(Reuters) – Trainer Bob Baffert’s request for a stay of his 90-day suspension has been denied by the Kentucky Horse Racing Commission (KHRC), his attorney said on Friday.
Racing stewards last month nullified Baffert-trained horse Medina Spirit’s victory in the 2021 Kentucky Derby due to the presence of a banned drug in his system and handed the trainer the suspension and a fine of $7,500.
Clark Brewster, an attorney for Baffert, called the KHRC’s decision on Friday “a sudden, arbitrary departure from its own 100-year precedent.
“This is part of a continuing coordinated attack against Bob by powerful forces that are rife with ethical and business conflicts and that want to keep Bob’s horses from competing against theirs at the track,” Brewster said in a statement.
“We look forward to obtaining a stay in an impartial, unbiased court of law.”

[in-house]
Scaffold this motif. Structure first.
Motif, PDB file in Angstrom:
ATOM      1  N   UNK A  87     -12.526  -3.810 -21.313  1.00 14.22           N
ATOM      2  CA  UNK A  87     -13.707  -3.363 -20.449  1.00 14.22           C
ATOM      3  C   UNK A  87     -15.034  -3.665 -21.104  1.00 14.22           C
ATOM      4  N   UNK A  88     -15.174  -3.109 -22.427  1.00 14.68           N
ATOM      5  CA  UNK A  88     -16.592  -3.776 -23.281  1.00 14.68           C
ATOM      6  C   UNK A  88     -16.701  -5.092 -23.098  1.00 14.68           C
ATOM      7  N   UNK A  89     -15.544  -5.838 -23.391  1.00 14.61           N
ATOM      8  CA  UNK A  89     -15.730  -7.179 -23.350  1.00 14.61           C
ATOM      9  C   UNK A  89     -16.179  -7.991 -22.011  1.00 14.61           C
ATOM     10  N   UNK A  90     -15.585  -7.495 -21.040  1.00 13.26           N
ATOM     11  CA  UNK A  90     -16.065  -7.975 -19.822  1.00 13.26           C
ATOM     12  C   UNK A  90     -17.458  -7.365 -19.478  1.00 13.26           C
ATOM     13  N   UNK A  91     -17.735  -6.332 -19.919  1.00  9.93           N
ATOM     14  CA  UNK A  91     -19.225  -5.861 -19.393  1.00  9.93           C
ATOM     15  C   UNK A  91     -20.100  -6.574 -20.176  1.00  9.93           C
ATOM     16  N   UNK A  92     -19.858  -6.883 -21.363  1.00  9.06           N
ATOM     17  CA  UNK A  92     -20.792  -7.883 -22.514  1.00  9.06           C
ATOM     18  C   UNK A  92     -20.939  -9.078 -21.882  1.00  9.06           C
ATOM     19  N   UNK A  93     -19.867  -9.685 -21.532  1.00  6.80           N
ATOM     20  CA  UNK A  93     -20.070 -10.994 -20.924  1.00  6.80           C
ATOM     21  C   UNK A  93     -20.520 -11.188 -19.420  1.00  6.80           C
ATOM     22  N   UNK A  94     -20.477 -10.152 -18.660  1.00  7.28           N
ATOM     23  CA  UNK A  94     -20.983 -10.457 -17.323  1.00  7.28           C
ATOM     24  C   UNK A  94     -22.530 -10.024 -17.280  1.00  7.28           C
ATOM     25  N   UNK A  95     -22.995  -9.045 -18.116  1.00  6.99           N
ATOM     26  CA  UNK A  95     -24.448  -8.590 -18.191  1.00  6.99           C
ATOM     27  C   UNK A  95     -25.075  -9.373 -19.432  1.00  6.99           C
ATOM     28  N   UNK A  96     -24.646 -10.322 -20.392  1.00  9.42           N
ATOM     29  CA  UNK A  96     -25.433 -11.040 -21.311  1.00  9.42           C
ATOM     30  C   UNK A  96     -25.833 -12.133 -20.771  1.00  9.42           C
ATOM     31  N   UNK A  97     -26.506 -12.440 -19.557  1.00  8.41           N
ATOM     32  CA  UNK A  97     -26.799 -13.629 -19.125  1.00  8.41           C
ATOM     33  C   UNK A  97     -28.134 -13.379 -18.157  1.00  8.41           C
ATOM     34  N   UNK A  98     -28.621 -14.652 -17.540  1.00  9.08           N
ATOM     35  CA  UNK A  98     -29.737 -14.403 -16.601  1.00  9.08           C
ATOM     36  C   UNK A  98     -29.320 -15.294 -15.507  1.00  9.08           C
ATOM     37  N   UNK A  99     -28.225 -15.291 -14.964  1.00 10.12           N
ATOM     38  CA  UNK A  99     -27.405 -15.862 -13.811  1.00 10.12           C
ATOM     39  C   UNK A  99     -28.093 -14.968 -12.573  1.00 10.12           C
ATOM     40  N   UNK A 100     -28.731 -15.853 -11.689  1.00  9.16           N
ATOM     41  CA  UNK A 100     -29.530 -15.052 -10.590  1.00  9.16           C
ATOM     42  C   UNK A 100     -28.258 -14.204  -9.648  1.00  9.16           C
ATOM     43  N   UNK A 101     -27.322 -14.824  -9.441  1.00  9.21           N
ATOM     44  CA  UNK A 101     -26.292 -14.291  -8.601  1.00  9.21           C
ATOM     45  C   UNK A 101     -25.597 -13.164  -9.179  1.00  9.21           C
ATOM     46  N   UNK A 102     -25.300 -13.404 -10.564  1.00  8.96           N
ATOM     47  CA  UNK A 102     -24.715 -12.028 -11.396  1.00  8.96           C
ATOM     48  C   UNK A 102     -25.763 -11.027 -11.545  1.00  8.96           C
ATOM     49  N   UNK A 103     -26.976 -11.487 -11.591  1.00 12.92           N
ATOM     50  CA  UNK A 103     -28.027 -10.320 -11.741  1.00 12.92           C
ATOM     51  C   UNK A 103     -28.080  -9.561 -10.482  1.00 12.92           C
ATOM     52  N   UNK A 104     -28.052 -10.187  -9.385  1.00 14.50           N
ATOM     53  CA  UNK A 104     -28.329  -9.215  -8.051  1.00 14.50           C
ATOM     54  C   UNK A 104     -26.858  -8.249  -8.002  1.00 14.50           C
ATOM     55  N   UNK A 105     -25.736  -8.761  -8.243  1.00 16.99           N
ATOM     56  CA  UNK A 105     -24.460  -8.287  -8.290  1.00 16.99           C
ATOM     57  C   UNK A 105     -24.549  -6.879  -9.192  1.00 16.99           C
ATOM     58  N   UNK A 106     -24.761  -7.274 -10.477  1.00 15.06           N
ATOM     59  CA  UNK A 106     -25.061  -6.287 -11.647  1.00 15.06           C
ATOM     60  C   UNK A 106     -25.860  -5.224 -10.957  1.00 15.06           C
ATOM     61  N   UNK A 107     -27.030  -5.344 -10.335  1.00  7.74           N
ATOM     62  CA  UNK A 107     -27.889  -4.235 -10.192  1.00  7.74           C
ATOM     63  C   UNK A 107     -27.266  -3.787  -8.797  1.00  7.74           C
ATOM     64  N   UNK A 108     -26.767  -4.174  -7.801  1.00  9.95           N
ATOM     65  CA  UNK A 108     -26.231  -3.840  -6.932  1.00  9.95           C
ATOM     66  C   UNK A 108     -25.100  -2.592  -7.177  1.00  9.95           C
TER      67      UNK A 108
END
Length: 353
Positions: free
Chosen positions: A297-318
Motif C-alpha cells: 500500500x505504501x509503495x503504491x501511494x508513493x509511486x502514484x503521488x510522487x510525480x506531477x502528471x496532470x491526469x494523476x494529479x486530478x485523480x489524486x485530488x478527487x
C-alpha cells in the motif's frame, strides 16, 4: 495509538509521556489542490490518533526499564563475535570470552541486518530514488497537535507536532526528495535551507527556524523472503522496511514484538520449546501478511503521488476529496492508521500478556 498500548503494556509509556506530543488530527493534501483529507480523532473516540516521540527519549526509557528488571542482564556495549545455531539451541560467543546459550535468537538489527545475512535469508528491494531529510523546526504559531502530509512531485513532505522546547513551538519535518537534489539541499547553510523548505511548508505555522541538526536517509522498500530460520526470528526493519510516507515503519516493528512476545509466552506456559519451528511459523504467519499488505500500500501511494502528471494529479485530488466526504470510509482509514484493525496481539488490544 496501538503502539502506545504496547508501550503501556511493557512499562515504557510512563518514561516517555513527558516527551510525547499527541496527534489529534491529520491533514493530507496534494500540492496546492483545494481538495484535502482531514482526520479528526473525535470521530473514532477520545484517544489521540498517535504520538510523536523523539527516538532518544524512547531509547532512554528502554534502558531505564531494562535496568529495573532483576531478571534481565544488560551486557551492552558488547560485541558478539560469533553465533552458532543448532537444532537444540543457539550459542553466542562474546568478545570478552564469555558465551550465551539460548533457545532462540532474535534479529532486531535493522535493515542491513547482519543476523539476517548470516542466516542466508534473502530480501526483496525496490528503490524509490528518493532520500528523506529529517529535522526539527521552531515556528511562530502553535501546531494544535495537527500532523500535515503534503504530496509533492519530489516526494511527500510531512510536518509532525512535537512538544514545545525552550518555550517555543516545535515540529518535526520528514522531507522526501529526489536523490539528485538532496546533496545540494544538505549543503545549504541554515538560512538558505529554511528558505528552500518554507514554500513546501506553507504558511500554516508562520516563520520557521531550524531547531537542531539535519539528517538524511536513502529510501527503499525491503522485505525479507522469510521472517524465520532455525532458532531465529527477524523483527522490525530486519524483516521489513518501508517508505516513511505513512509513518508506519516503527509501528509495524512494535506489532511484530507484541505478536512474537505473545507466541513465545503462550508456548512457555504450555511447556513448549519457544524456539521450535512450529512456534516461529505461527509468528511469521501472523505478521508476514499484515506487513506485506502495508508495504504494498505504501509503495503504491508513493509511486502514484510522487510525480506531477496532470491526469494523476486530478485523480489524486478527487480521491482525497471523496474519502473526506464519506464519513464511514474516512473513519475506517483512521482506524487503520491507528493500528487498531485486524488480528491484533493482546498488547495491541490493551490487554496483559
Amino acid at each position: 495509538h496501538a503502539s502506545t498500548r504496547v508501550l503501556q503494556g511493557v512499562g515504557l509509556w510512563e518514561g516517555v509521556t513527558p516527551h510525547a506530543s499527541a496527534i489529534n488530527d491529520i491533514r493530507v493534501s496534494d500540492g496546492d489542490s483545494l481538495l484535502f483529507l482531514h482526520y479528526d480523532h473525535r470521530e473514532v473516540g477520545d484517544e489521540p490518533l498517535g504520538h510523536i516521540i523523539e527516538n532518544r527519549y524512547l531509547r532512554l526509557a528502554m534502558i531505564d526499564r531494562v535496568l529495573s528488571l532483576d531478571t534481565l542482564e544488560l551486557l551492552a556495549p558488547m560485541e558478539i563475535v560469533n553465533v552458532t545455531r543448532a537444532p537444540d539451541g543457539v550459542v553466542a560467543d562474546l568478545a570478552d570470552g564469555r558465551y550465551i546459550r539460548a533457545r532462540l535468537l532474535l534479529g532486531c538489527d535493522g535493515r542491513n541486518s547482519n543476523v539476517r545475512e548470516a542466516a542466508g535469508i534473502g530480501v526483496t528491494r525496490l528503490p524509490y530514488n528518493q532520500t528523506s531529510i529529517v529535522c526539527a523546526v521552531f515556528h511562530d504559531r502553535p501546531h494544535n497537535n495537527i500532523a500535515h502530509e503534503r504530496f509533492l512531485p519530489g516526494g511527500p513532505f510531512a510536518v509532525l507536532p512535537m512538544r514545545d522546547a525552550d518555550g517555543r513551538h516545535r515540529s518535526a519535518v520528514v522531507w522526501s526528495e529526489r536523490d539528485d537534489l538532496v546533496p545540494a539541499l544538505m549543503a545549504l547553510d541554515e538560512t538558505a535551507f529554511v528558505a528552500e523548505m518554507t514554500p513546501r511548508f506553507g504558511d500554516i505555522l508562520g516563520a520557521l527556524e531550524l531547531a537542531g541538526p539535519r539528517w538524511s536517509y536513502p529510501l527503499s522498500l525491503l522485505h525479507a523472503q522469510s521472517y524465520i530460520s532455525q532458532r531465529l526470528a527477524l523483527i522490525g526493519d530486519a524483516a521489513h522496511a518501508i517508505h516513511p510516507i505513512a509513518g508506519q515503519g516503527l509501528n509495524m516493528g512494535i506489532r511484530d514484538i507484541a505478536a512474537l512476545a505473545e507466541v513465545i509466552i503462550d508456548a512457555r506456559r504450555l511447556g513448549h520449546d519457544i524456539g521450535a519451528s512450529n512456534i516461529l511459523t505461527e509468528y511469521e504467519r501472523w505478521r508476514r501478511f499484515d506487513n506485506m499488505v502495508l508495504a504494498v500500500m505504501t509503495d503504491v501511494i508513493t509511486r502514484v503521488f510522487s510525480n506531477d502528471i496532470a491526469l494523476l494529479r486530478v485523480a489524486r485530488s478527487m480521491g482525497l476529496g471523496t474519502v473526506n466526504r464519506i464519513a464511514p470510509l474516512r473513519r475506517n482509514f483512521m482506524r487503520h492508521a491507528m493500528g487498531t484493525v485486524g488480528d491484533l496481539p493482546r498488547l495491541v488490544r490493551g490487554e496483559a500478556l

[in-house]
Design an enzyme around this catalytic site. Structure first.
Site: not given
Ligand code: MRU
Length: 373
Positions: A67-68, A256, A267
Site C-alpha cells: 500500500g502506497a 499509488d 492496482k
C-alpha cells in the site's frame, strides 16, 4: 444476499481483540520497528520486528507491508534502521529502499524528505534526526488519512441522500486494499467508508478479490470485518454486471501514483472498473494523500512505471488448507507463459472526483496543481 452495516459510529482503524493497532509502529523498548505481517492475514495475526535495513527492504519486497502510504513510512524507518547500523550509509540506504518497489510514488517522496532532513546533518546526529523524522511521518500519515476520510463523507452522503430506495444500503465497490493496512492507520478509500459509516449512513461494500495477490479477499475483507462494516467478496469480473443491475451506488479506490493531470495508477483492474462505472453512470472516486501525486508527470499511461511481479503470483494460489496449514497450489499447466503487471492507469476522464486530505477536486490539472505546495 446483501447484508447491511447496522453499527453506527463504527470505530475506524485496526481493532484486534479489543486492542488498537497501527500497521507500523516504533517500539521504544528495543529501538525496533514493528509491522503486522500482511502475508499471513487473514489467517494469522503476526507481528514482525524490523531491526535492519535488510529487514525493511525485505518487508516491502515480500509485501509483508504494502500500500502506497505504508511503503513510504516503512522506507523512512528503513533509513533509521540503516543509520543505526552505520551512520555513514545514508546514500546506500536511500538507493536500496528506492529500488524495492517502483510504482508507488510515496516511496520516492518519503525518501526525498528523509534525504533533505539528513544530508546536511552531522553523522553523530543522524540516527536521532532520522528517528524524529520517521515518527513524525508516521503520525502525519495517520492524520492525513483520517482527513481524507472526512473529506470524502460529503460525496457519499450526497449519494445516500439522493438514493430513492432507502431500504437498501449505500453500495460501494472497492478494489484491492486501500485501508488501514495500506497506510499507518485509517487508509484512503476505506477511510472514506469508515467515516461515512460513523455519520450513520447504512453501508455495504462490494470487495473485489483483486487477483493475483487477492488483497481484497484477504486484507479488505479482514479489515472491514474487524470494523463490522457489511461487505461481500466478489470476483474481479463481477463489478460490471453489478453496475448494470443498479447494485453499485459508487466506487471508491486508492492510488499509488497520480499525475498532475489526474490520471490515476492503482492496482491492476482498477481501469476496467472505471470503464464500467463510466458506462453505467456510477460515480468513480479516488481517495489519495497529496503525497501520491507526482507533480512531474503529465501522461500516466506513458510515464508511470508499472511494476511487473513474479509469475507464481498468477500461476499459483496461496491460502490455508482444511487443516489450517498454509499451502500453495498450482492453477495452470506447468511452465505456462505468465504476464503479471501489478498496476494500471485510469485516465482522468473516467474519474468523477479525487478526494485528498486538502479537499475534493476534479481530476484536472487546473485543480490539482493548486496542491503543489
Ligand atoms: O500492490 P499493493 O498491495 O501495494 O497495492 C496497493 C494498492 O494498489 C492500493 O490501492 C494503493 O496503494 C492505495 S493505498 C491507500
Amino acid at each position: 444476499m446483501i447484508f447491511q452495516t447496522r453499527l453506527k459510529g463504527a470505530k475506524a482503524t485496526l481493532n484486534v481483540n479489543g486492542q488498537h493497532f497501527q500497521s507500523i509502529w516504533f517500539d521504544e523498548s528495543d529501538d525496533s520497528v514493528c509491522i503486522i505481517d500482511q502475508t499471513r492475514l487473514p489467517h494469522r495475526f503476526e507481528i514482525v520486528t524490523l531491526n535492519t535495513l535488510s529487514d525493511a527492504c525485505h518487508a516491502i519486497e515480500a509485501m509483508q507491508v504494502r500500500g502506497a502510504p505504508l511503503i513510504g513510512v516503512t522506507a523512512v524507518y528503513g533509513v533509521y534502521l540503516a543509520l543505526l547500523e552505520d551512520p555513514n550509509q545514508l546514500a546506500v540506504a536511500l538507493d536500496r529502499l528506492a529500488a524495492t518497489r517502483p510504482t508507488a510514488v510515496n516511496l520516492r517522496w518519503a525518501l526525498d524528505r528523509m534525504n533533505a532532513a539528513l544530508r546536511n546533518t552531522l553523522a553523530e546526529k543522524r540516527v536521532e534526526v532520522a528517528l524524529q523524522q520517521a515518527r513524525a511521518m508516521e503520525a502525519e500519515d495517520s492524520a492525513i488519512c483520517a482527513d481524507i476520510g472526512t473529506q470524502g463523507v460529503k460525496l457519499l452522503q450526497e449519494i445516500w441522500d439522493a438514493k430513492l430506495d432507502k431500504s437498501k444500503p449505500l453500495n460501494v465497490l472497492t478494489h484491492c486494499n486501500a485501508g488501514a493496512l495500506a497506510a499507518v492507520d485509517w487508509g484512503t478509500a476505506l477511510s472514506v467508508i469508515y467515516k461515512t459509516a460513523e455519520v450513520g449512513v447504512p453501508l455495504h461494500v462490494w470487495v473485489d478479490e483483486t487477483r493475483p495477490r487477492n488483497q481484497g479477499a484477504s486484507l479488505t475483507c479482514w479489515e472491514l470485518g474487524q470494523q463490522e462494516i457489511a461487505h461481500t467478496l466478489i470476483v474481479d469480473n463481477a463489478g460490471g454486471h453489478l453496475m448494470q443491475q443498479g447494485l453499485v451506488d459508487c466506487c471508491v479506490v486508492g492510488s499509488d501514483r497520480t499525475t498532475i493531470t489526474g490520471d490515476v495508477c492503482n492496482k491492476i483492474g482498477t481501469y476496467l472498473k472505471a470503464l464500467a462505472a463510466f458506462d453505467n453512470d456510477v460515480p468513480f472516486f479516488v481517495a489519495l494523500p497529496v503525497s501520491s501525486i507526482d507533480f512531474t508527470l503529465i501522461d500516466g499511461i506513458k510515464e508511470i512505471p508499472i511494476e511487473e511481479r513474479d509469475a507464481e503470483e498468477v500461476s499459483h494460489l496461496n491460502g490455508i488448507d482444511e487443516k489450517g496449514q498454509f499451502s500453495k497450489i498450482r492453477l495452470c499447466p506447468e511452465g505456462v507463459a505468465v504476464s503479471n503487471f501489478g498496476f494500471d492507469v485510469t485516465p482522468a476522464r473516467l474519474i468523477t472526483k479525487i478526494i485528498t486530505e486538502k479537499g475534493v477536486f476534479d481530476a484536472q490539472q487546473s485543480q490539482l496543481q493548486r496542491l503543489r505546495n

The suspension would prevent Baffert, one of the best known trainers in the world, from participating in the Kentucky Derby, the first of three races in the famed Triple Crown series, which is scheduled for May 7.
The colt’s win last year handed Baffert a record seventh victory at the prestigious event until a post-race sample found betamethasone, a corticosteroid.
Brewster on Friday reiterated Baffert’s long-standing claim that Medina Spirit was treated with a topical betamethasone valerate, not an injection.
“Kentucky regulates only the injectable form of betamethasone acetate,” he wrote.
(Reporting by Amy Tennery in New York, additional reporting by Rory Carroll in Los Angeles; Editing by Ken Ferris)